Bank of Korea Gov. Rhee Chang-yong (C) presides over a Monetary Policy Committee meeting at the central bank in Seoul on Thursday. The central bank raised its key rate by a quarter percentage point to 2.5 percent to suppress inflation expected to hit the highest level in more than two decades this year. (Yonhap)
South Korea’s central bank said Friday it will maintain its position to raise interest rates going forward to combat inflation that is expected to stay in the 5-6 percent range “for a considerable period of time.”
In a report submitted to lawmakers for a parliamentary audit, the Bank of Korea (BOK) voiced concerns a sharp slide of the local currency against the US dollar will likely apply upward pressure on prices.
“It is of urgent need to keep a lid on inflation expectations and prevent high inflation from getting entrenched,” the report said. “We will keep our stance to raise rates going forward.”
It is in line with the BOK’s repeated position that it will keep raising the cost of borrowing to rein in inflation that has been driven up amid high energy and commodity prices.
The country’s consumer prices, a key gauge of inflation, grew 5.6 percent on-year in September, slowing from a 5.7 percent rise in August, thanks in part to eased price hikes of crude oil amid worries over a global economic slowdown.
Experts say inflation could be elevated anytime depending on the oil and energy price trajectory.
The BOK has hiked its policy rate seven times — a combined 2 percentage points — since August last year. The hikes include an unprecedented 0.5 percentage-point increase in July, followed by a 0.25 percentage-point rise in August.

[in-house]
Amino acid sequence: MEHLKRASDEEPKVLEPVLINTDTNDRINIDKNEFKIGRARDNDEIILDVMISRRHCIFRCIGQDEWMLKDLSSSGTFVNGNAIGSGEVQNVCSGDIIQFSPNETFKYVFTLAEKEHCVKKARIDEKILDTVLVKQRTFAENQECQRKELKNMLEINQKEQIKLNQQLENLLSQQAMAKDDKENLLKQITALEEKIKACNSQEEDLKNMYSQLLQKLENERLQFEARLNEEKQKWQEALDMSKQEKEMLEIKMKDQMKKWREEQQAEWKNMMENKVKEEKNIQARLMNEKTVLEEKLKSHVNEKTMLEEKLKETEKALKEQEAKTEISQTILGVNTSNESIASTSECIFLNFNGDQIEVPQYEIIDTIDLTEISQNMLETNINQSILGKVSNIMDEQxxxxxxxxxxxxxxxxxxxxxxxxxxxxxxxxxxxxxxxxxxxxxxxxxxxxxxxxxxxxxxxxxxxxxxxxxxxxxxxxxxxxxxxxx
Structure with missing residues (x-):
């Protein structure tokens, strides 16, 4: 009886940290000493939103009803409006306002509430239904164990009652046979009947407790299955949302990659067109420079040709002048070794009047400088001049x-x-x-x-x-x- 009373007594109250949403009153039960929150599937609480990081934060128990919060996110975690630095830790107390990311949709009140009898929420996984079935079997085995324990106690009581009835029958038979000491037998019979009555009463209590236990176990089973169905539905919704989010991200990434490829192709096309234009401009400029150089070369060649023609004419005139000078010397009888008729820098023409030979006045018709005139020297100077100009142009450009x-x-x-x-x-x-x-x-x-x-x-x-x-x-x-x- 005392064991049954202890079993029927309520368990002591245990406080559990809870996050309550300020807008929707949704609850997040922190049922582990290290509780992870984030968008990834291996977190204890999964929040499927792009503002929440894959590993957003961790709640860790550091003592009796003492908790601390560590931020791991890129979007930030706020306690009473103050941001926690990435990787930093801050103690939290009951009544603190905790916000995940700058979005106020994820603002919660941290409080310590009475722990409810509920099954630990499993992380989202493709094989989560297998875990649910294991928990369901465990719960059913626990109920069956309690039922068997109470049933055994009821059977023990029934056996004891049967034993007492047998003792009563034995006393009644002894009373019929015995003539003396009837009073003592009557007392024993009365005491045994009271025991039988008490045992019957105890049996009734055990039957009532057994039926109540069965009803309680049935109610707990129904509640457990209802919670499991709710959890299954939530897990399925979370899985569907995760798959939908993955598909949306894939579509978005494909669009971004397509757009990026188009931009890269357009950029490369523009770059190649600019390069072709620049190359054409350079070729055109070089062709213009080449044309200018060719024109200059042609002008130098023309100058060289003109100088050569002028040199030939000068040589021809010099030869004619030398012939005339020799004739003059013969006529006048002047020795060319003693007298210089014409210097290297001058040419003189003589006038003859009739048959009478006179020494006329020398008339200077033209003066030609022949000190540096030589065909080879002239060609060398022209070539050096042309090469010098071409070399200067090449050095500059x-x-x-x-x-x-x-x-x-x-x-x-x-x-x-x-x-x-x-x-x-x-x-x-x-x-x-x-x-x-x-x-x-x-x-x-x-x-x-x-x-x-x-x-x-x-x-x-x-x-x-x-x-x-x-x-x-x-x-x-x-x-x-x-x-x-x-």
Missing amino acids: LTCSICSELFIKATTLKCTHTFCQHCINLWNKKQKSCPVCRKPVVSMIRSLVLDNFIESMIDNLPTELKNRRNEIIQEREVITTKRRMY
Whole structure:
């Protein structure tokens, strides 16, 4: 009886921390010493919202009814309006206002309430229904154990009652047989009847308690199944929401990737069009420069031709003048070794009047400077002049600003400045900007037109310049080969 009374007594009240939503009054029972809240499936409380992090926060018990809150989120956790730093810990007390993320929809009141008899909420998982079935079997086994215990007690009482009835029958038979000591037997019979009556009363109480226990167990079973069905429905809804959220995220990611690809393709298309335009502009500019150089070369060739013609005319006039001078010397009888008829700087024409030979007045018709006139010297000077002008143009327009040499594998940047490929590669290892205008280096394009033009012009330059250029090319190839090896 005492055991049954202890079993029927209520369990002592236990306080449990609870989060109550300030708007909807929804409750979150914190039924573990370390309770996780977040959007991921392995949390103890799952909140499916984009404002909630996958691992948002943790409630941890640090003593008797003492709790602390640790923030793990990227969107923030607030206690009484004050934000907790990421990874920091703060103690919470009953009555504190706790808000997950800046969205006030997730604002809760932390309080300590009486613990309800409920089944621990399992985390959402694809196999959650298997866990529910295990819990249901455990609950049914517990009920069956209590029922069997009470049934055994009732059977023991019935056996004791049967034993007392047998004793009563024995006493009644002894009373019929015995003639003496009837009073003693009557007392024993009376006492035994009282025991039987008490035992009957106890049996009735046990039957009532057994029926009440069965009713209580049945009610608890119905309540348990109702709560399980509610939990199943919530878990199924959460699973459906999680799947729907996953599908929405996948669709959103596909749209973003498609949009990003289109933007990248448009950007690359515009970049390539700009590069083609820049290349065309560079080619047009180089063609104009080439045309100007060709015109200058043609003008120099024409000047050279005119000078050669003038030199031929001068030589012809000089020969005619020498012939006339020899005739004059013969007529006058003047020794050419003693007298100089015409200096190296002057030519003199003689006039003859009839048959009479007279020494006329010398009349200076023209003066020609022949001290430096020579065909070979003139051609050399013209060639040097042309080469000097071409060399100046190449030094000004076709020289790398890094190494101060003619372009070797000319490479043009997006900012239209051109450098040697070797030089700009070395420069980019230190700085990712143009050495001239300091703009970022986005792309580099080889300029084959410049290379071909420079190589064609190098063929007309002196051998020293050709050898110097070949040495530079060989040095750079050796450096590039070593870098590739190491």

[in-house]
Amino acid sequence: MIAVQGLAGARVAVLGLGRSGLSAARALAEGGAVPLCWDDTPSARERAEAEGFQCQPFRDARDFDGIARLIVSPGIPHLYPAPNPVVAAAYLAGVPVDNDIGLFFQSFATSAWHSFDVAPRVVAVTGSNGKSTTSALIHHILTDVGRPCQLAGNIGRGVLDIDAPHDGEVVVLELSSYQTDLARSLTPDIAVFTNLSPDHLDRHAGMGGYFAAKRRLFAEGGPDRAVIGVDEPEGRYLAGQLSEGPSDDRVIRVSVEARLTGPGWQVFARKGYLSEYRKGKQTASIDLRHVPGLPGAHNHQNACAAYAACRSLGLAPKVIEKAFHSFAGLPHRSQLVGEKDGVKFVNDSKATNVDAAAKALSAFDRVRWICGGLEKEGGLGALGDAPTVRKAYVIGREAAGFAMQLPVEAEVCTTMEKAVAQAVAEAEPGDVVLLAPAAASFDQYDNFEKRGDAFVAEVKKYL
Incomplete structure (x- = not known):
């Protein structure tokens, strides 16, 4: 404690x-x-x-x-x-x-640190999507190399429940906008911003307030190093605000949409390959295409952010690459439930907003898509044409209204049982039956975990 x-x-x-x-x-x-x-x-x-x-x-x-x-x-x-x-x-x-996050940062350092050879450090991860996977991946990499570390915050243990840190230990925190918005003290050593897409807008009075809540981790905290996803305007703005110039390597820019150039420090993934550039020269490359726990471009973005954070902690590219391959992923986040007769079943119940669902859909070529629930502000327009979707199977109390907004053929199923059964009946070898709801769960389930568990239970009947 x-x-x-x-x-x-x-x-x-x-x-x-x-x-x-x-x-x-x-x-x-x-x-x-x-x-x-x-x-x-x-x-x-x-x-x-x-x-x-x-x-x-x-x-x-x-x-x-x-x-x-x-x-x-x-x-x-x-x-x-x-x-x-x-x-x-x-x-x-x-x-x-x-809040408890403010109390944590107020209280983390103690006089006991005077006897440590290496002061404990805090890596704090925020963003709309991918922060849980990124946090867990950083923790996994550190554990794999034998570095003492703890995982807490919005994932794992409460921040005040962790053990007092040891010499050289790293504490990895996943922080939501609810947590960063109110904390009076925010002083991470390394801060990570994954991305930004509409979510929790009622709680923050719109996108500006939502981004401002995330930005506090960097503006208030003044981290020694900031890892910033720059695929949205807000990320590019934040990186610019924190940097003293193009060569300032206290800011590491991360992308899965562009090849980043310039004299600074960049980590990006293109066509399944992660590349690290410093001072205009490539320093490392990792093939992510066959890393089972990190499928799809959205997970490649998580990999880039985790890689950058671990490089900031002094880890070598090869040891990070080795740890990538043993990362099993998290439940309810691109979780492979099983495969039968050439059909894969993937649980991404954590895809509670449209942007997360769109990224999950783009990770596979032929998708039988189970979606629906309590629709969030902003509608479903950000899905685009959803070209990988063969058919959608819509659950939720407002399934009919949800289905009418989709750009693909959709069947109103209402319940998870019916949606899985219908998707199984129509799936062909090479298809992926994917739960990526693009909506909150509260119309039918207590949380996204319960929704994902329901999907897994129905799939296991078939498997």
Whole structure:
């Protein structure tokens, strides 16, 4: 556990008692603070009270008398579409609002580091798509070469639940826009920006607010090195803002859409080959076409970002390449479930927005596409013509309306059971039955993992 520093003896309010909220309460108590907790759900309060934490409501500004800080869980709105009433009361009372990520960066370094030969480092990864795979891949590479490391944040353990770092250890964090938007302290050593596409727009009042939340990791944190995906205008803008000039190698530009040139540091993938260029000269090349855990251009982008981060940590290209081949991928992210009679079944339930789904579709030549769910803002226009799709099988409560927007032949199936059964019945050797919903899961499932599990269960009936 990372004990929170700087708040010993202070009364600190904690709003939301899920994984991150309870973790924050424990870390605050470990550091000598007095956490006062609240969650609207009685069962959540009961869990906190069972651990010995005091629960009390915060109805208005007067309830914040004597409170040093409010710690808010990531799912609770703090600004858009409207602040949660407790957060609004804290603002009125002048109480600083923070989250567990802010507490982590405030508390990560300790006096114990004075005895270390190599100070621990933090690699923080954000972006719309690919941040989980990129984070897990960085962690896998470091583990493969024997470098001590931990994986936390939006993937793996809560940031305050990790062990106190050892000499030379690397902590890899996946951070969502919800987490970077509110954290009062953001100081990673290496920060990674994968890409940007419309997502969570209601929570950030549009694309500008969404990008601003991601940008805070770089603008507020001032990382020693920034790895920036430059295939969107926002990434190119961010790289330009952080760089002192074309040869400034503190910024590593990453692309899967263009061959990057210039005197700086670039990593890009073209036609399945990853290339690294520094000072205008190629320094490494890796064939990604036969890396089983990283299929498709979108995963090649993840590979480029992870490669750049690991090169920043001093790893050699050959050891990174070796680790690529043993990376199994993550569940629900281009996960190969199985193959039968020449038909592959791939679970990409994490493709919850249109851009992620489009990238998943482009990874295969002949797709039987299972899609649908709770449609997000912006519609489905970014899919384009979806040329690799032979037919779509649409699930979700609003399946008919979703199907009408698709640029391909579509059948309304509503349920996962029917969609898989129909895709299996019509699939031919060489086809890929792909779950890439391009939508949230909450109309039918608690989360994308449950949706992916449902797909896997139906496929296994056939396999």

The central bank is set to hold a rate-setting meeting Wednesday, which will be one of two remaining such meetings until the end of this year. Observers expect another rate hike, though they are divided over how sharp the rise would be.
“How much, when and in what path the policy rate will be raised will be determined by closely monitoring the impact of changing external conditions, such as monetary policies of major countries and developments linked to the war in Ukraine on prices, growth trends, and financial and foreign exchange markets,” the BOK said.
The BOK voiced worries about mounting market volatility, including the won’s recent dive against the dollar, saying it is ready to take “market stabilization measures” in a timely manner.
The won’s descent has emerged as a major cause for concern as it could increase upward pressure on inflation by making imports more expensive.
“We will beef up market monitoring and stabilization efforts since volatility in the foreign exchange market has intensified,” the BOK said.
In a related move, the BOK said it will maintain a sufficient amount of foreign reserves in order to effectively respond to market swings and continue to seek other necessary measures, including the reopening of a won-dollar currency swap line with the United States for which both sides will continue to talk.
According to BOK data, the country’s foreign reserves came to $416.77 billion as of end-September, down $19.66 billion from the previous month. This marked the fastest pace of an on-month decline since October 2008.
The BOK said the decline was due in part to its dollar selling to stem an excessive slide of the won against the dollar. It dismissed worries that the amount might not be sufficient to defend the won down the road and brace for a financial crisis. (Yonhap)